O'Connell's Library

Asenath Nicholson
Chapter XX (10) | Start of Chapter

A circuitous well-made road winds, down the mountain, and you see not the indescribable mansion that is embosomed in rock and tree, till within a few paces of the spot. Here no walls or surly porter, demanding a pass, hedge up the entrance; but a path like that to a New-England farmhouse, leads you on, and you may take your choice of entrance into the heterogeneous abode, by kitchen, chapel, or hall; choosing the latter, I rang the bell. An old man answered, saying, "I am only a stranger, and will inquire if you can have admittance." A waiter came next, and ushered me into the parlor, saying all were from home, but Maurice O'Connell and the house-keeper. The countenance of the latter was to me better fitted to drive away the enemy than to invite the friend; and the sequel proved more than I dreaded, when I met her cold penurious look and manner. She showed me into the library, which presented a tolerable assortment of Encyclopaedias, lives of saints, Waverly Novels, law books, &c. The drawing-room contained all that is needed for ornament or use. The portrait of O'Connell, engraved to the life, taken while in the penitentiary, and one taken some years before, are not the least objects of interest in the room. The portraits of his wife, daughters, granddaughters, and sons, form the most important ornaments in the house. Among the family group, are a brother and sister, the sister in the act of swinging, sitting in a rope; the little brother with a roguish smile, holding the rope, and a little dog looking on, enjoying the sport. It is the happiest touch of nature, in portrait painting, I ever saw. A chapel, not finished, is attached to one end of the house. A tablet giving its history and the name of the founder, is being in readiness, as a fixture for future ages. A well-fed priest was walking about, ready at any notice to perform any religious duty, within the pale of his conscience, for the good of the family.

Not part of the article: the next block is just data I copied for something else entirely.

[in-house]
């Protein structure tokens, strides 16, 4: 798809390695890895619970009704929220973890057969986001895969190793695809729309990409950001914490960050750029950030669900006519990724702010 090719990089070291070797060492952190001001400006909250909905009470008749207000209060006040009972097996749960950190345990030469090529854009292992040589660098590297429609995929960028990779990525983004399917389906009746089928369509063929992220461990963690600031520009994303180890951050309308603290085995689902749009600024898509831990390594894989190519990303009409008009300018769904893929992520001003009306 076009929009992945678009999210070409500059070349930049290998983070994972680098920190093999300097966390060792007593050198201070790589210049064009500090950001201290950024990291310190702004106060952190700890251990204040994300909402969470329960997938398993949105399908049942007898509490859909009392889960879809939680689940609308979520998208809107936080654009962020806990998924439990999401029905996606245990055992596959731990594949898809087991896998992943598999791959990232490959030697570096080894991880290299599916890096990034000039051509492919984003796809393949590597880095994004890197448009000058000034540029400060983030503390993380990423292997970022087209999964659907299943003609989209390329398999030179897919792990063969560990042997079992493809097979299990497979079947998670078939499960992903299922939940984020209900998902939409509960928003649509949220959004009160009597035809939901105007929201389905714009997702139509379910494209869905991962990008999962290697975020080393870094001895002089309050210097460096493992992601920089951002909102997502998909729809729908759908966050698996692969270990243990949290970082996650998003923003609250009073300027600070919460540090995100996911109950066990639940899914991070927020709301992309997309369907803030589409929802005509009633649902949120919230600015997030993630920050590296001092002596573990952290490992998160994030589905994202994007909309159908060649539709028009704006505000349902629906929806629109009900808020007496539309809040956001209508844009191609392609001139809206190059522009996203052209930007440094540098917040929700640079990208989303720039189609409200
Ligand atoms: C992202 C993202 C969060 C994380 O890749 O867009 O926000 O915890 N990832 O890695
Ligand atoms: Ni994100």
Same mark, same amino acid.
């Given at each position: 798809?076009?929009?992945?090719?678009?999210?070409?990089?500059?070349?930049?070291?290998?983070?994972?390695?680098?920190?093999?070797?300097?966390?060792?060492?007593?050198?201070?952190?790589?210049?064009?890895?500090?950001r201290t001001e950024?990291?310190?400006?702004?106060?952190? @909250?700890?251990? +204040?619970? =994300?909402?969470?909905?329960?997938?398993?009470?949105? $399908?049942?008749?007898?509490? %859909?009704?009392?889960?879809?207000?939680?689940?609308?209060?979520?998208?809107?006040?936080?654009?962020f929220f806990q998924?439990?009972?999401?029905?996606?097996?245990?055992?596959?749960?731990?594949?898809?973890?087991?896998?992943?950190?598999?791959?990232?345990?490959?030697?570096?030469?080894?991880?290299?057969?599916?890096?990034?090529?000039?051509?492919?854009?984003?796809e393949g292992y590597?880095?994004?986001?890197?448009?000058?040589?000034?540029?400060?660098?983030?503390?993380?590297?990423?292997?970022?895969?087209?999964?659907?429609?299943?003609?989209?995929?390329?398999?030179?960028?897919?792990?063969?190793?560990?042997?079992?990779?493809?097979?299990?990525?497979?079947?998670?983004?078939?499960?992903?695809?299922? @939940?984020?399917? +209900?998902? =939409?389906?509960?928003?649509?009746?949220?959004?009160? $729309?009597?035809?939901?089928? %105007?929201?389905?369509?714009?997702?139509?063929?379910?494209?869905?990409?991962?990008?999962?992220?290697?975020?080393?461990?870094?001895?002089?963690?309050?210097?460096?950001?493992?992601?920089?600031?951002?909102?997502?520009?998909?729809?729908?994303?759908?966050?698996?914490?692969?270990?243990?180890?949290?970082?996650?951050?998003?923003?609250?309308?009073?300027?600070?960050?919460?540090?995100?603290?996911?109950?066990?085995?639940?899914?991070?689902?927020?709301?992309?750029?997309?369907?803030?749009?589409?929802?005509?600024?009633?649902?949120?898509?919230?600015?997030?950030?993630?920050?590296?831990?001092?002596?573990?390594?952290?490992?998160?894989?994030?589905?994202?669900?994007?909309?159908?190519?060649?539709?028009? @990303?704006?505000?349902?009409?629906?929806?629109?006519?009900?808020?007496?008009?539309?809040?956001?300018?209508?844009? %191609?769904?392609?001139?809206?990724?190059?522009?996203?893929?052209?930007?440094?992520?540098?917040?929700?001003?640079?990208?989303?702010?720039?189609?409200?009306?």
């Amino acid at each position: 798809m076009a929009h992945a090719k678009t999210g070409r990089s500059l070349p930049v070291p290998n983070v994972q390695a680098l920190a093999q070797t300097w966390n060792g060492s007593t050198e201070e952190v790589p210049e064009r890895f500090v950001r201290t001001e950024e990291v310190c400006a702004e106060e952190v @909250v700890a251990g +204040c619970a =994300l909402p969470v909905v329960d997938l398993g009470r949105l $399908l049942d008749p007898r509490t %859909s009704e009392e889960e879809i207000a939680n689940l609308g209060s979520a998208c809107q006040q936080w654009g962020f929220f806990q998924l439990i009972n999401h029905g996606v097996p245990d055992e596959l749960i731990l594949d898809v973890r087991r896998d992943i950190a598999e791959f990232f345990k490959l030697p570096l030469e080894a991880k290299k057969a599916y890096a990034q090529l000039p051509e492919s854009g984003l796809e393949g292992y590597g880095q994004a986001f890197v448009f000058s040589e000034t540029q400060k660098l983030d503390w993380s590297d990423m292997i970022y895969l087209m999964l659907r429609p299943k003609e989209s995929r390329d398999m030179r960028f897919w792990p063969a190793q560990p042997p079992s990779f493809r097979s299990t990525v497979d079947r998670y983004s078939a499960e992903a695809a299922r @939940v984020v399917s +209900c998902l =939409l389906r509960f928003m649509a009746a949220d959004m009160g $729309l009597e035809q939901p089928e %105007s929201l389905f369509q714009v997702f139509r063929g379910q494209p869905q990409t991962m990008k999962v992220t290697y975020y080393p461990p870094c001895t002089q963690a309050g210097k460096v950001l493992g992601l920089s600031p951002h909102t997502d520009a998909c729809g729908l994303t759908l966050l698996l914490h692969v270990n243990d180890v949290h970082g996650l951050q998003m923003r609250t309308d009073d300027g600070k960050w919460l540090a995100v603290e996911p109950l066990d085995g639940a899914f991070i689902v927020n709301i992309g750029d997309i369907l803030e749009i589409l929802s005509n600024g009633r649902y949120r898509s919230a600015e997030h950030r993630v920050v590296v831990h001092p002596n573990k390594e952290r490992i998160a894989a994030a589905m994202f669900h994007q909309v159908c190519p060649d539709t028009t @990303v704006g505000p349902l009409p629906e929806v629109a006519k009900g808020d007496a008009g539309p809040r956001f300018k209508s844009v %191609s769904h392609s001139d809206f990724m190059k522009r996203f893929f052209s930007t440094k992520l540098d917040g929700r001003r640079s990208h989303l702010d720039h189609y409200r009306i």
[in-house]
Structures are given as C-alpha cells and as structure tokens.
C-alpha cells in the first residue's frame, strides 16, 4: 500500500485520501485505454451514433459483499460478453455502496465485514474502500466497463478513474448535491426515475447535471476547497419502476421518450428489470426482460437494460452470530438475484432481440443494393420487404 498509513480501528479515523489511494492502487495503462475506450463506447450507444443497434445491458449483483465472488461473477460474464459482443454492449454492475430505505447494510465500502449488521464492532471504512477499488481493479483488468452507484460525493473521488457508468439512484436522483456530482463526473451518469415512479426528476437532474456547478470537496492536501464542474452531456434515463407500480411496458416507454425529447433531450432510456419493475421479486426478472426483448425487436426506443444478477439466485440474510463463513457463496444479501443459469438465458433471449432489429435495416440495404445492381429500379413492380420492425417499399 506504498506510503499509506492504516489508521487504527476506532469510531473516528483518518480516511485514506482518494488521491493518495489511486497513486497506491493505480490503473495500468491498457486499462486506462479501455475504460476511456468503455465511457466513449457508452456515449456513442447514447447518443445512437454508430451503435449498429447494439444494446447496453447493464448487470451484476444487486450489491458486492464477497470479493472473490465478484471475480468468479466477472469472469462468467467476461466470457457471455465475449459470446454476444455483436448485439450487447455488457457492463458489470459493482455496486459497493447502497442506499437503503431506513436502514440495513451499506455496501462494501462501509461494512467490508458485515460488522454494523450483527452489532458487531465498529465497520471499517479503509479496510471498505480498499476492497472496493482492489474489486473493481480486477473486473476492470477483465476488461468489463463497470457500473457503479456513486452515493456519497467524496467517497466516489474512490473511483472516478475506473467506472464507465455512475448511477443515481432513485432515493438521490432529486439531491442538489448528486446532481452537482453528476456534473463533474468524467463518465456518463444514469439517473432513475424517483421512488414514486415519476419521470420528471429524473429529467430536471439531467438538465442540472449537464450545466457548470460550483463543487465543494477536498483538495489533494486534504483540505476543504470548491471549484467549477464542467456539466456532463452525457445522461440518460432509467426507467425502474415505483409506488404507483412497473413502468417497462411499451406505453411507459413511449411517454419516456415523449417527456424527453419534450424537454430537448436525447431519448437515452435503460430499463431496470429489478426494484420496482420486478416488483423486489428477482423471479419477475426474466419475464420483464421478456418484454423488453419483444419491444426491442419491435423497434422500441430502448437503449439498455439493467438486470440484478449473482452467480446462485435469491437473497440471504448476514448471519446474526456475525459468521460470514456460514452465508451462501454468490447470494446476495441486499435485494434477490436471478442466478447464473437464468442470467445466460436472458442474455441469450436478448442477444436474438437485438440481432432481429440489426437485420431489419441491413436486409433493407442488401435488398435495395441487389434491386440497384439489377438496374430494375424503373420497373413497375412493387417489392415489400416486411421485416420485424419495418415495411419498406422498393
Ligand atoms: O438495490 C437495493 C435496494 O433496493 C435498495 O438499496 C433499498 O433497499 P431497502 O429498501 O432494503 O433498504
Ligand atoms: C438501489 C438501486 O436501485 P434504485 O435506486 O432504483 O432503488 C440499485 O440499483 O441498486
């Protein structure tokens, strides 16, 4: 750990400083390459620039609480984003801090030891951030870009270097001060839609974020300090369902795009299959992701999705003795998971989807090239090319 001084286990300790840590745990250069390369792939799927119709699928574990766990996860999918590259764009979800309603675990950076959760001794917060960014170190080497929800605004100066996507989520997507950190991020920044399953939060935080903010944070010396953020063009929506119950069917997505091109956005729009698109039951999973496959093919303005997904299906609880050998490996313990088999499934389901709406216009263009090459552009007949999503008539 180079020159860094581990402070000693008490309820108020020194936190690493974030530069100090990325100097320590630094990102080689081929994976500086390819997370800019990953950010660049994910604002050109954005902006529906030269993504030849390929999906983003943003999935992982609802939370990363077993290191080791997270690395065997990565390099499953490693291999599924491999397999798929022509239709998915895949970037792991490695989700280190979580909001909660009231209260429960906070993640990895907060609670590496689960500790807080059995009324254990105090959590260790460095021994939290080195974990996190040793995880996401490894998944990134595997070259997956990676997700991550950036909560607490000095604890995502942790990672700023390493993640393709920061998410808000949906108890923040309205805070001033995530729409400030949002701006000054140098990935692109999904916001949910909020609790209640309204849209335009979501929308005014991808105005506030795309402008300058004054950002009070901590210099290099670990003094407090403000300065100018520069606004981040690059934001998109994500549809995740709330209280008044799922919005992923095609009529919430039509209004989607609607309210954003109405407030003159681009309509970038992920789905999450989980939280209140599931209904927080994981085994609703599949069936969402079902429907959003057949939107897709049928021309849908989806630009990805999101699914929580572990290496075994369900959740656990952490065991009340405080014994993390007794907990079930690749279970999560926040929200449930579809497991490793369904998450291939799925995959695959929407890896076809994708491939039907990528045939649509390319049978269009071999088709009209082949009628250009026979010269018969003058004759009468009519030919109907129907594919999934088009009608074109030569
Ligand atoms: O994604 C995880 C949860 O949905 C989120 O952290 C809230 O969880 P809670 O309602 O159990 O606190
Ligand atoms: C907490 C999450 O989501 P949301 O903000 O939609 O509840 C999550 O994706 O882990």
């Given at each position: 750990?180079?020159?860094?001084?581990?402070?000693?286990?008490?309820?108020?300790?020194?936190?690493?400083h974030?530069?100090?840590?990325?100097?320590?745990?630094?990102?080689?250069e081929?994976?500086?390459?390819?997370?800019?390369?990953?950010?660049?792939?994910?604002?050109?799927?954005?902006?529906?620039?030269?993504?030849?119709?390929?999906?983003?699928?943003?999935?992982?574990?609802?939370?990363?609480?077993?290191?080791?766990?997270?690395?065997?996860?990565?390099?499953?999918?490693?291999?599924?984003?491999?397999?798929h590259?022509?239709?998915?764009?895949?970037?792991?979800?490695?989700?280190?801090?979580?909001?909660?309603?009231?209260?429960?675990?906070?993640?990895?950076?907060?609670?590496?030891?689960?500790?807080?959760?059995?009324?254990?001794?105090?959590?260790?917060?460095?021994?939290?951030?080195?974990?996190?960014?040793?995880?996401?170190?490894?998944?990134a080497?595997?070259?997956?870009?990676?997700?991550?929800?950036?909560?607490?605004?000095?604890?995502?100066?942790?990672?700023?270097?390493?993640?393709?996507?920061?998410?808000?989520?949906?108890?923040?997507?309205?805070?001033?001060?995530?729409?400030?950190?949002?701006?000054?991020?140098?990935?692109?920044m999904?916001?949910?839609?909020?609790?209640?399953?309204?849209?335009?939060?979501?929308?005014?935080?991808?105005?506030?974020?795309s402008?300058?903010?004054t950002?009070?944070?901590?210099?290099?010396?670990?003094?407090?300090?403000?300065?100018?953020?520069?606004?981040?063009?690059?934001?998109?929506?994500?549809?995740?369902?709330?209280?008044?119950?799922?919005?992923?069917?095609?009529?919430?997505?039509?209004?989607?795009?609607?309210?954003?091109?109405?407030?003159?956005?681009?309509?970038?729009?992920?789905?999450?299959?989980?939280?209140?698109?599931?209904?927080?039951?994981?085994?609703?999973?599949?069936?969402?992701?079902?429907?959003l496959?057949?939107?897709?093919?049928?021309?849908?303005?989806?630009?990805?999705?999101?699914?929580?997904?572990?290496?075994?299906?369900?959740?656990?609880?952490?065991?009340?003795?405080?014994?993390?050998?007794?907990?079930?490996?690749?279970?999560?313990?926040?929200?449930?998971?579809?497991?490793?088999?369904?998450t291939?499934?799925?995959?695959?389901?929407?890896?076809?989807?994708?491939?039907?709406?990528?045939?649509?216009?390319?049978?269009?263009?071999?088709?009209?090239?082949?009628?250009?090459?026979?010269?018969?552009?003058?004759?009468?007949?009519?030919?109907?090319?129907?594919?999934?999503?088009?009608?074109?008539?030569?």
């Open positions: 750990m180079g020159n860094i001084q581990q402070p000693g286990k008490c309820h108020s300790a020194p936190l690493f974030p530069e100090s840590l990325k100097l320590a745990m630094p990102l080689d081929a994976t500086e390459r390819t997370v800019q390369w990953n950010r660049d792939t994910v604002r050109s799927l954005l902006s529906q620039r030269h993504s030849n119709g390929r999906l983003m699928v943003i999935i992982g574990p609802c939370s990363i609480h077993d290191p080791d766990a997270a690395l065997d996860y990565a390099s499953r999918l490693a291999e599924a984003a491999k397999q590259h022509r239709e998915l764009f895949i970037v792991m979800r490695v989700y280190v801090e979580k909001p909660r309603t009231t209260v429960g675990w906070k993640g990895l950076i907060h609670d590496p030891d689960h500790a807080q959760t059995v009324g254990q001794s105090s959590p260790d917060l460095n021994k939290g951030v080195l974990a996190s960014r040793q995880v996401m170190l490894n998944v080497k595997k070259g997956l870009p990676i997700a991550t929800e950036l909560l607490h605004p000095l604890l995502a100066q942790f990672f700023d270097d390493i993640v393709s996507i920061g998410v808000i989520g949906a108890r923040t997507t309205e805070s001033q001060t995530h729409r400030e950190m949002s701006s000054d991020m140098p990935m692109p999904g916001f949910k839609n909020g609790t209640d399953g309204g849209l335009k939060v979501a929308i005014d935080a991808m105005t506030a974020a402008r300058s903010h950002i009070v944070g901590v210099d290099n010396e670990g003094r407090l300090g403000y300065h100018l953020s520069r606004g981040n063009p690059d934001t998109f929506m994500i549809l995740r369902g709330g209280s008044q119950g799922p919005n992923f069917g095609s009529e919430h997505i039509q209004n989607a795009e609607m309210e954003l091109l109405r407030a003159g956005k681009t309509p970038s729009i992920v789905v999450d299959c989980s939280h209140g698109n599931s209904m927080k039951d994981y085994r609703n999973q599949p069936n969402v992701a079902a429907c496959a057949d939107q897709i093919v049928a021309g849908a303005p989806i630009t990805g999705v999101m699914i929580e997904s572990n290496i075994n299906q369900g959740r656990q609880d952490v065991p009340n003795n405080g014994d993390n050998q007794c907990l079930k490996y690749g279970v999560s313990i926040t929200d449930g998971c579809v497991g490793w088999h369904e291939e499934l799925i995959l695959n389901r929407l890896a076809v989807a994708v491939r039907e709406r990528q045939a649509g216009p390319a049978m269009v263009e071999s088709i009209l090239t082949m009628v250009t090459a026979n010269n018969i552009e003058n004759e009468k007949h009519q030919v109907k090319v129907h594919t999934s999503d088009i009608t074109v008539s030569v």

The walks, the beach, and the foaming sea, the tower upon an eminence—the all-manner of shaped angles and triangles, added and superadded to the main body of the house—the place where it stands, and the person who designed it—all taken into consideration, make it a house and spot quite different from all others. I lingered, and looked, and left it as I found it, and can no more describe it than before I saw it.

Ireland’s Welome to the Stranger is one of the best accounts of Irish social conditions, customs, quirks and habits that you could wish for. The author, Mrs Asenath Nicholson, was an American widow who travelled extensively in Ireland on the eve of the Great Famine and meticulously observed the Irish peasantry at work and play, as well as noting their living conditions and diet. The book is also available from Kindle.